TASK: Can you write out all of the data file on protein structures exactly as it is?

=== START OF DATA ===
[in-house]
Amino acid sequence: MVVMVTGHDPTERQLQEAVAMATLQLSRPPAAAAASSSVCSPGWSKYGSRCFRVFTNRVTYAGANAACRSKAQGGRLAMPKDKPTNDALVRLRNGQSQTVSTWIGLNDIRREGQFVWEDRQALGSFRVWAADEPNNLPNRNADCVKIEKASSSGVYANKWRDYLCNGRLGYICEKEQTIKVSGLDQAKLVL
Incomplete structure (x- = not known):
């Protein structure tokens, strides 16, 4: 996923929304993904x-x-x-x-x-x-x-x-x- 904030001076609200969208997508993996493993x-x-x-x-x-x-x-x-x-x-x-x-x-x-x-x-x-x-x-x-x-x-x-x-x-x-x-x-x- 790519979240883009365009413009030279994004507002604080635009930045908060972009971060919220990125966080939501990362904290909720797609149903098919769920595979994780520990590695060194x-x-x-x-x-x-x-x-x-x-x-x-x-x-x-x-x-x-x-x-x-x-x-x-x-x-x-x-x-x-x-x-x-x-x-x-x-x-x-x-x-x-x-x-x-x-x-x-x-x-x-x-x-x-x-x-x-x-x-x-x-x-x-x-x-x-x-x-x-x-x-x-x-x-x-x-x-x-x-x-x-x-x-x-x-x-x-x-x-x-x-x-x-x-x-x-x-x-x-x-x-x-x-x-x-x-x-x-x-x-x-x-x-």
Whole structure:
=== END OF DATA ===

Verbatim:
[in-house]
Amino acid sequence: MVVMVTGHDPTERQLQEAVAMATLQLSRPPAAAAASSSVCSPGWSKYGSRCFRVFTNRVTYAGANAACRSKAQGGRLAMPKDKPTNDALVRLRNGQSQTVSTWIGLNDIRREGQFVWEDRQALGSFRVWAADEPNNLPNRNADCVKIEKASSSGVYANKWRDYLCNGRLGYICEKEQTIKVSGLDQAKLVL
Incomplete structure (x- = not known):
């Protein structure tokens, strides 16, 4: 996923929304993904x-x-x-x-x-x-x-x-x- 904030001076609200969208997508993996493993x-x-x-x-x-x-x-x-x-x-x-x-x-x-x-x-x-x-x-x-x-x-x-x-x-x-x-x-x- 790519979240883009365009413009030279994004507002604080635009930045908060972009971060919220990125966080939501990362904290909720797609149903098919769920595979994780520990590695060194x-x-x-x-x-x-x-x-x-x-x-x-x-x-x-x-x-x-x-x-x-x-x-x-x-x-x-x-x-x-x-x-x-x-x-x-x-x-x-x-x-x-x-x-x-x-x-x-x-x-x-x-x-x-x-x-x-x-x-x-x-x-x-x-x-x-x-x-x-x-x-x-x-x-x-x-x-x-x-x-x-x-x-x-x-x-x-x-x-x-x-x-x-x-x-x-x-x-x-x-x-x-x-x-x-x-x-x-x-x-x-x-x-």
Whole structure: